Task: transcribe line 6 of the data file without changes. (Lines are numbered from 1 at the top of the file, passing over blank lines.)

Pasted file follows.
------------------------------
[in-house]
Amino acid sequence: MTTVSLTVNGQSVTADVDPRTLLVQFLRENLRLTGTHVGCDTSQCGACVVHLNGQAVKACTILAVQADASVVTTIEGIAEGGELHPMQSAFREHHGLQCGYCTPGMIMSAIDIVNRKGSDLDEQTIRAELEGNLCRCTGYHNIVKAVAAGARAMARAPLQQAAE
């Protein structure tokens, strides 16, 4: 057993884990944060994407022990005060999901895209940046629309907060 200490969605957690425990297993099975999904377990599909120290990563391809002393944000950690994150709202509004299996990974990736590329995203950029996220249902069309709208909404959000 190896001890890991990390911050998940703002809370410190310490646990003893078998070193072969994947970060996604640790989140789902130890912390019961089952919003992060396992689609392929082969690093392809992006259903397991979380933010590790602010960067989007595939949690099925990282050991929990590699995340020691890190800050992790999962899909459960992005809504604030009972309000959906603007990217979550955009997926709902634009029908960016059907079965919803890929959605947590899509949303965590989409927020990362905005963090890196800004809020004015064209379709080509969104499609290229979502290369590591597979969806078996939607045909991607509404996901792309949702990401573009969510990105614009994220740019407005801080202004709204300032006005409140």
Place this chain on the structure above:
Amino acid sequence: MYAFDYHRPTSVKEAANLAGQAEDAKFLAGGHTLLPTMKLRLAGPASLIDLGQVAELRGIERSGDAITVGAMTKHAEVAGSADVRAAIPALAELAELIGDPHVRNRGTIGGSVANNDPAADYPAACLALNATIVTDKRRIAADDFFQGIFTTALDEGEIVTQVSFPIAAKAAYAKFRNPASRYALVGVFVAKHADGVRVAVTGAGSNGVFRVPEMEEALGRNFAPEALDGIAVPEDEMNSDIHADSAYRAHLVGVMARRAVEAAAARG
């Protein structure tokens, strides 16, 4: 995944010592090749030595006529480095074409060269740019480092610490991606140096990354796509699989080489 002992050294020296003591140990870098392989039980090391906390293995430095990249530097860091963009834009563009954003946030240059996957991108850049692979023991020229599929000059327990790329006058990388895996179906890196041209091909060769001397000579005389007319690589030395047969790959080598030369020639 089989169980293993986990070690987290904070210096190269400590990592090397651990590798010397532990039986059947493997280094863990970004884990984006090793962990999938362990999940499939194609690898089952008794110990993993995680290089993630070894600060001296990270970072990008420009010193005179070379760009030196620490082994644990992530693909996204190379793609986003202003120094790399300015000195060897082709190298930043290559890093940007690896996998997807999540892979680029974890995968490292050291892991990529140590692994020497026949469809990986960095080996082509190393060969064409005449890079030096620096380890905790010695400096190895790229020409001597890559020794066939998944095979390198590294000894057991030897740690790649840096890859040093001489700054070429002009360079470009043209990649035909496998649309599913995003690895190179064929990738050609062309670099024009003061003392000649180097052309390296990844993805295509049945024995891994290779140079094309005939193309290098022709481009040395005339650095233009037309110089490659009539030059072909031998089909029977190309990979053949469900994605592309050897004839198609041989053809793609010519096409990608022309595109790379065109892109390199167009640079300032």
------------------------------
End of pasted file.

């Protein structure tokens, strides 16, 4: 995944010592090749030595006529480095074409060269740019480092610490991606140096990354796509699989080489 002992050294020296003591140990870098392989039980090391906390293995430095990249530097860091963009834009563009954003946030240059996957991108850049692979023991020229599929000059327990790329006058990388895996179906890196041209091909060769001397000579005389007319690589030395047969790959080598030369020639 089989169980293993986990070690987290904070210096190269400590990592090397651990590798010397532990039986059947493997280094863990970004884990984006090793962990999938362990999940499939194609690898089952008794110990993993995680290089993630070894600060001296990270970072990008420009010193005179070379760009030196620490082994644990992530693909996204190379793609986003202003120094790399300015000195060897082709190298930043290559890093940007690896996998997807999540892979680029974890995968490292050291892991990529140590692994020497026949469809990986960095080996082509190393060969064409005449890079030096620096380890905790010695400096190895790229020409001597890559020794066939998944095979390198590294000894057991030897740690790649840096890859040093001489700054070429002009360079470009043209990649035909496998649309599913995003690895190179064929990738050609062309670099024009003061003392000649180097052309390296990844993805295509049945024995891994290779140079094309005939193309290098022709481009040395005339650095233009037309110089490659009539030059072909031998089909029977190309990979053949469900994605592309050897004839198609041989053809793609010519096409990608022309595109790379065109892109390199167009640079300032």